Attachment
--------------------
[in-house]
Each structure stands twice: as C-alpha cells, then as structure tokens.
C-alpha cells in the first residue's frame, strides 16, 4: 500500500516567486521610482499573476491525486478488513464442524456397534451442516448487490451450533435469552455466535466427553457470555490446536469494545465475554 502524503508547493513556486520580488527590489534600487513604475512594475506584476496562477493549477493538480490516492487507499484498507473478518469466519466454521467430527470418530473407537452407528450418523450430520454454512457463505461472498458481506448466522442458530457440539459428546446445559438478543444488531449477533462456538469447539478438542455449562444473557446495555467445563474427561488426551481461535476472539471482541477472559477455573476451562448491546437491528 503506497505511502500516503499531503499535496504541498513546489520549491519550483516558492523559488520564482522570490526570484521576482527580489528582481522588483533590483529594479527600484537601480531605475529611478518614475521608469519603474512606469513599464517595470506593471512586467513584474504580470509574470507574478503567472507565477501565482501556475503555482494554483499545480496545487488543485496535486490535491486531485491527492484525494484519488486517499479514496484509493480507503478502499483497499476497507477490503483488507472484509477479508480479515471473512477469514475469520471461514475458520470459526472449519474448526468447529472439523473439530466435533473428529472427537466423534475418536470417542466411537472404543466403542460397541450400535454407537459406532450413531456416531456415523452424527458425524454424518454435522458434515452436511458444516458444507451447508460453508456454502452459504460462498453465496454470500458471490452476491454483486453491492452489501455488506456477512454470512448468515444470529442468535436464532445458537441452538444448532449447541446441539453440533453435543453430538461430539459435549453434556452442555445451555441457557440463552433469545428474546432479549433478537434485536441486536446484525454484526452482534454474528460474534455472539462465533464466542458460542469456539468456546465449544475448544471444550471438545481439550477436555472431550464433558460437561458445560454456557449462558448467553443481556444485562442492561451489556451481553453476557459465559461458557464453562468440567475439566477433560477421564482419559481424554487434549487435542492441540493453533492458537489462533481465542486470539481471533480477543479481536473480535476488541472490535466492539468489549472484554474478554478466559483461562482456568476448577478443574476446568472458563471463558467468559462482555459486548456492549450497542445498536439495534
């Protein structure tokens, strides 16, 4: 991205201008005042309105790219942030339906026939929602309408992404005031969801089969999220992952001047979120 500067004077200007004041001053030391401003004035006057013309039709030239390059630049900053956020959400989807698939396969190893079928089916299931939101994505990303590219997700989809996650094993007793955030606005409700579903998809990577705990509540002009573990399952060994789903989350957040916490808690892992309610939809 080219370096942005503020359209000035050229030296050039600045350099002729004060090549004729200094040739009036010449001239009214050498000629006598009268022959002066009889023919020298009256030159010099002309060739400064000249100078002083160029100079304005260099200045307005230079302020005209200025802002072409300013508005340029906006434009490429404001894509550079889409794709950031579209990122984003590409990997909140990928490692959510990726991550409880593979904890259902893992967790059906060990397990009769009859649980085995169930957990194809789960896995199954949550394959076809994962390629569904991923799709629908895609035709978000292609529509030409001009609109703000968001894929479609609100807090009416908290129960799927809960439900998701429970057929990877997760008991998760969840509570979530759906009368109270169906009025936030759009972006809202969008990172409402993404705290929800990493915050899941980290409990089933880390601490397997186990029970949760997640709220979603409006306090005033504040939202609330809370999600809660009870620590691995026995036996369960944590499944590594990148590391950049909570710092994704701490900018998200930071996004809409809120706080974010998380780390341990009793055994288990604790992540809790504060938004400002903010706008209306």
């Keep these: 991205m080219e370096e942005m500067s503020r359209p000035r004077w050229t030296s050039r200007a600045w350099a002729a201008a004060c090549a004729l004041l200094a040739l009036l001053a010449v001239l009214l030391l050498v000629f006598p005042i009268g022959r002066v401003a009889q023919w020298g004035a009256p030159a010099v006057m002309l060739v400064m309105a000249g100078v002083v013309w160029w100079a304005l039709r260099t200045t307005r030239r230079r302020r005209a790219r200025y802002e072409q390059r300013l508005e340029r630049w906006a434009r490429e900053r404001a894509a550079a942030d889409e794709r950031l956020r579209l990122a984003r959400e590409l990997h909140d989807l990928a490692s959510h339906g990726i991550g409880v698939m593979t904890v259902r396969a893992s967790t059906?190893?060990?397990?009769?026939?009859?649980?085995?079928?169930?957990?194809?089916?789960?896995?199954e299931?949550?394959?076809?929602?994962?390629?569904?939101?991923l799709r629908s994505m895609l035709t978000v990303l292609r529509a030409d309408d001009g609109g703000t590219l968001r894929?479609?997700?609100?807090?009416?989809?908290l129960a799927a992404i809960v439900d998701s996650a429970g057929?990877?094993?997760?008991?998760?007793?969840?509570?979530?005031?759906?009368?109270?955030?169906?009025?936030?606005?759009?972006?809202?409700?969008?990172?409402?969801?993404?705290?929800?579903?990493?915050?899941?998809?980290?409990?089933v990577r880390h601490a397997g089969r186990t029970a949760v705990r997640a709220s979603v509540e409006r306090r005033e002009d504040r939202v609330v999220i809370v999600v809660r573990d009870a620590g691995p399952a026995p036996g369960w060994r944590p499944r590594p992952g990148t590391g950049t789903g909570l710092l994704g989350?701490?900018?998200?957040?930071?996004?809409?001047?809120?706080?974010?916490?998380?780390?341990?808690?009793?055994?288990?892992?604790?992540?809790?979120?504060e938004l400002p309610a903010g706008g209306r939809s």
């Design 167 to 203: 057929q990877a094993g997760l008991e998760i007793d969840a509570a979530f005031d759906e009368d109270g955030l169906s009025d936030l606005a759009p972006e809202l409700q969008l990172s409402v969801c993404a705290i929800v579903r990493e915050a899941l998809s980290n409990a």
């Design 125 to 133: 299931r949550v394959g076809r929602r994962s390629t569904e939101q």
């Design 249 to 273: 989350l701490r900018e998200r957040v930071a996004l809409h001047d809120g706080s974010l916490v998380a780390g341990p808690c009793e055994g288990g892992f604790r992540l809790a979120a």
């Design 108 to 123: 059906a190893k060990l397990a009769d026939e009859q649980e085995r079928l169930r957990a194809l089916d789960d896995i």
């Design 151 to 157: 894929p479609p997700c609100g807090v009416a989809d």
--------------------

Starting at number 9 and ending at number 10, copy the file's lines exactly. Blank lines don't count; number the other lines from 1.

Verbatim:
């Design 108 to 123: 059906a190893k060990l397990a009769d026939e009859q649980e085995r079928l169930r957990a194809l089916d789960d896995i």
């Design 151 to 157: 894929p479609p997700c609100g807090v009416a989809d």